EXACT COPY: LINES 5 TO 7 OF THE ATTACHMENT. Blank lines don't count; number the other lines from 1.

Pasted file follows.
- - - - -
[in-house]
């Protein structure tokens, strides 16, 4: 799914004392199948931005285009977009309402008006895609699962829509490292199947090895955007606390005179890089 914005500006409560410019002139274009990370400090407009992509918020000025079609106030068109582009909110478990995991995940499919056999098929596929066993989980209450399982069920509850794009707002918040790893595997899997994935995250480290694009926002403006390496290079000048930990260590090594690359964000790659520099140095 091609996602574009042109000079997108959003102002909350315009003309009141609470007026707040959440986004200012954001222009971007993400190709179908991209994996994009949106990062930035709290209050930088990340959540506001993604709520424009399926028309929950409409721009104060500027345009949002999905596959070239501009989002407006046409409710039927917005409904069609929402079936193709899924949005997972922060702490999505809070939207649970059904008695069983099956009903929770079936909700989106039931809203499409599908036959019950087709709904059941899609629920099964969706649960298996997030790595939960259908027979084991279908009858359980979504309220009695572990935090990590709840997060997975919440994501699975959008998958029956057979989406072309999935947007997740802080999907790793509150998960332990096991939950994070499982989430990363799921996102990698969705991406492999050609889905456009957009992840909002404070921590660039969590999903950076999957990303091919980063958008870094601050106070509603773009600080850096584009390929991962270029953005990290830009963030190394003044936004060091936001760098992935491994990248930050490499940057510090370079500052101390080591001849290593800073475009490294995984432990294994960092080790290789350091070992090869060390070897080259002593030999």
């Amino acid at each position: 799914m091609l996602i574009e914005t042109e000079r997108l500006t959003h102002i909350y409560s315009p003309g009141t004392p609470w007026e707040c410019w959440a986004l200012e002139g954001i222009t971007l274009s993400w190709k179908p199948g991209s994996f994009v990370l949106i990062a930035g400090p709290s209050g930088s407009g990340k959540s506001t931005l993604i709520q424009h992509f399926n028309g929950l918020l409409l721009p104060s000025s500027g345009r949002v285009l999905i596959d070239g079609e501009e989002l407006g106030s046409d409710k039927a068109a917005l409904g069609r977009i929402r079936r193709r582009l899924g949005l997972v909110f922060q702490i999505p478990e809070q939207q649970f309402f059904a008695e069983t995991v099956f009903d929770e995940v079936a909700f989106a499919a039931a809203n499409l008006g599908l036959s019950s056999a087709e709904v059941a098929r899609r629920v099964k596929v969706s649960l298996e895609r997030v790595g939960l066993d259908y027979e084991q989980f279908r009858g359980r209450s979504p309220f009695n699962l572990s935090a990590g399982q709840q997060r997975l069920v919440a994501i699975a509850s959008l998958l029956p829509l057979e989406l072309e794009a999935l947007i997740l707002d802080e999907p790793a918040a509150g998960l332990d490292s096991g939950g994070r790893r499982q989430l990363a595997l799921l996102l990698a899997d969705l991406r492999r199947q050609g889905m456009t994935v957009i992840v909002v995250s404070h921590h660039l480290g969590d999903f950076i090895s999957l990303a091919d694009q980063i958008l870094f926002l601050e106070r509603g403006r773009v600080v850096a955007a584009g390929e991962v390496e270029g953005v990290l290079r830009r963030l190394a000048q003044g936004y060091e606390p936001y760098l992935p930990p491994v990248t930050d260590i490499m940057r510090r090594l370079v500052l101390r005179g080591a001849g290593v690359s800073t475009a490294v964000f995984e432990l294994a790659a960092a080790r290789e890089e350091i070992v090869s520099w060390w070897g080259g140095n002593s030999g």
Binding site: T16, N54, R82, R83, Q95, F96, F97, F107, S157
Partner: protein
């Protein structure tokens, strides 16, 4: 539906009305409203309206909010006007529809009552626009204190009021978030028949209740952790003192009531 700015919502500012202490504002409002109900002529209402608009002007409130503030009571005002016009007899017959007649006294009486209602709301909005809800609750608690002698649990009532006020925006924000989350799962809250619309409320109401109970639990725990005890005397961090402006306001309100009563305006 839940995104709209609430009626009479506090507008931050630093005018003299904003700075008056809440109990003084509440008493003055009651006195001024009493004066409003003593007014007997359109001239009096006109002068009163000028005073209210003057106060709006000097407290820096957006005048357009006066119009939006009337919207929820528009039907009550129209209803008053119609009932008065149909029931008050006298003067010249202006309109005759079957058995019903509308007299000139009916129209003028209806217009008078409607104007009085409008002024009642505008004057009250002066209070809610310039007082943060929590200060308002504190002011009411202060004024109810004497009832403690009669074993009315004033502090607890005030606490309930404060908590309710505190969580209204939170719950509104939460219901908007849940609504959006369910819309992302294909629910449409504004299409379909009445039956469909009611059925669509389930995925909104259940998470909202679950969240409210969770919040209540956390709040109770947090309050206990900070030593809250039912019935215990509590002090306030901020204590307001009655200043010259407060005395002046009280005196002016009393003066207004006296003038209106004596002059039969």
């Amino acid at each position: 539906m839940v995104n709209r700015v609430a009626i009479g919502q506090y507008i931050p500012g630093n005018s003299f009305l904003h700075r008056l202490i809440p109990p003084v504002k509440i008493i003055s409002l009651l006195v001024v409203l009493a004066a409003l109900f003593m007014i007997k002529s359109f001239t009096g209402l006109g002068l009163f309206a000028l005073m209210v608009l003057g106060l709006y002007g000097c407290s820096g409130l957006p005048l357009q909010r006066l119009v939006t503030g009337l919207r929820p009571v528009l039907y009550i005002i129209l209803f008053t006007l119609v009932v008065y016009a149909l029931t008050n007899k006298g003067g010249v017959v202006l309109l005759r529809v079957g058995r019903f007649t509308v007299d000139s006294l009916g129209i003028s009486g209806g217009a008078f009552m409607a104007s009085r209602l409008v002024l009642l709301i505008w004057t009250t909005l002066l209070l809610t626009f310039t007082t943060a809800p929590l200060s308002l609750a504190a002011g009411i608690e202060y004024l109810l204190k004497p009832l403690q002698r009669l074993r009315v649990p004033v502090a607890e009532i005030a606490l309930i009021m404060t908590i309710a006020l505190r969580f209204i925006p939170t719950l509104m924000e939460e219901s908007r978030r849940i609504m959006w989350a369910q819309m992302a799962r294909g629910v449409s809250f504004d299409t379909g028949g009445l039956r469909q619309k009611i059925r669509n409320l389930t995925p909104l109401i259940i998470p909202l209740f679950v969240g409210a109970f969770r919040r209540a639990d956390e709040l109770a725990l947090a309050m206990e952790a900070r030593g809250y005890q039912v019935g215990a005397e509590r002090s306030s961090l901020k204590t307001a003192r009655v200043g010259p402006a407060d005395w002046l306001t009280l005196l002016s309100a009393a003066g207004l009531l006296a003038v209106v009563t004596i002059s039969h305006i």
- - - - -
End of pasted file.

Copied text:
Partner: protein
């Protein structure tokens, strides 16, 4: 539906009305409203309206909010006007529809009552626009204190009021978030028949209740952790003192009531 700015919502500012202490504002409002109900002529209402608009002007409130503030009571005002016009007899017959007649006294009486209602709301909005809800609750608690002698649990009532006020925006924000989350799962809250619309409320109401109970639990725990005890005397961090402006306001309100009563305006 839940995104709209609430009626009479506090507008931050630093005018003299904003700075008056809440109990003084509440008493003055009651006195001024009493004066409003003593007014007997359109001239009096006109002068009163000028005073209210003057106060709006000097407290820096957006005048357009006066119009939006009337919207929820528009039907009550129209209803008053119609009932008065149909029931008050006298003067010249202006309109005759079957058995019903509308007299000139009916129209003028209806217009008078409607104007009085409008002024009642505008004057009250002066209070809610310039007082943060929590200060308002504190002011009411202060004024109810004497009832403690009669074993009315004033502090607890005030606490309930404060908590309710505190969580209204939170719950509104939460219901908007849940609504959006369910819309992302294909629910449409504004299409379909009445039956469909009611059925669509389930995925909104259940998470909202679950969240409210969770919040209540956390709040109770947090309050206990900070030593809250039912019935215990509590002090306030901020204590307001009655200043010259407060005395002046009280005196002016009393003066207004006296003038209106004596002059039969």
């Amino acid at each position: 539906m839940v995104n709209r700015v609430a009626i009479g919502q506090y507008i931050p500012g630093n005018s003299f009305l904003h700075r008056l202490i809440p109990p003084v504002k509440i008493i003055s409002l009651l006195v001024v409203l009493a004066a409003l109900f003593m007014i007997k002529s359109f001239t009096g209402l006109g002068l009163f309206a000028l005073m209210v608009l003057g106060l709006y002007g000097c407290s820096g409130l957006p005048l357009q909010r006066l119009v939006t503030g009337l919207r929820p009571v528009l039907y009550i005002i129209l209803f008053t006007l119609v009932v008065y016009a149909l029931t008050n007899k006298g003067g010249v017959v202006l309109l005759r529809v079957g058995r019903f007649t509308v007299d000139s006294l009916g129209i003028s009486g209806g217009a008078f009552m409607a104007s009085r209602l409008v002024l009642l709301i505008w004057t009250t909005l002066l209070l809610t626009f310039t007082t943060a809800p929590l200060s308002l609750a504190a002011g009411i608690e202060y004024l109810l204190k004497p009832l403690q002698r009669l074993r009315v649990p004033v502090a607890e009532i005030a606490l309930i009021m404060t908590i309710a006020l505190r969580f209204i925006p939170t719950l509104m924000e939460e219901s908007r978030r849940i609504m959006w989350a369910q819309m992302a799962r294909g629910v449409s809250f504004d299409t379909g028949g009445l039956r469909q619309k009611i059925r669509n409320l389930t995925p909104l109401i259940i998470p909202l209740f679950v969240g409210a109970f969770r919040r209540a639990d956390e709040l109770a725990l947090a309050m206990e952790a900070r030593g809250y005890q039912v019935g215990a005397e509590r002090s306030s961090l901020k204590t307001a003192r009655v200043g010259p402006a407060d005395w002046l306001t009280l005196l002016s309100a009393a003066g207004l009531l006296a003038v209106v009563t004596i002059s039969h305006i």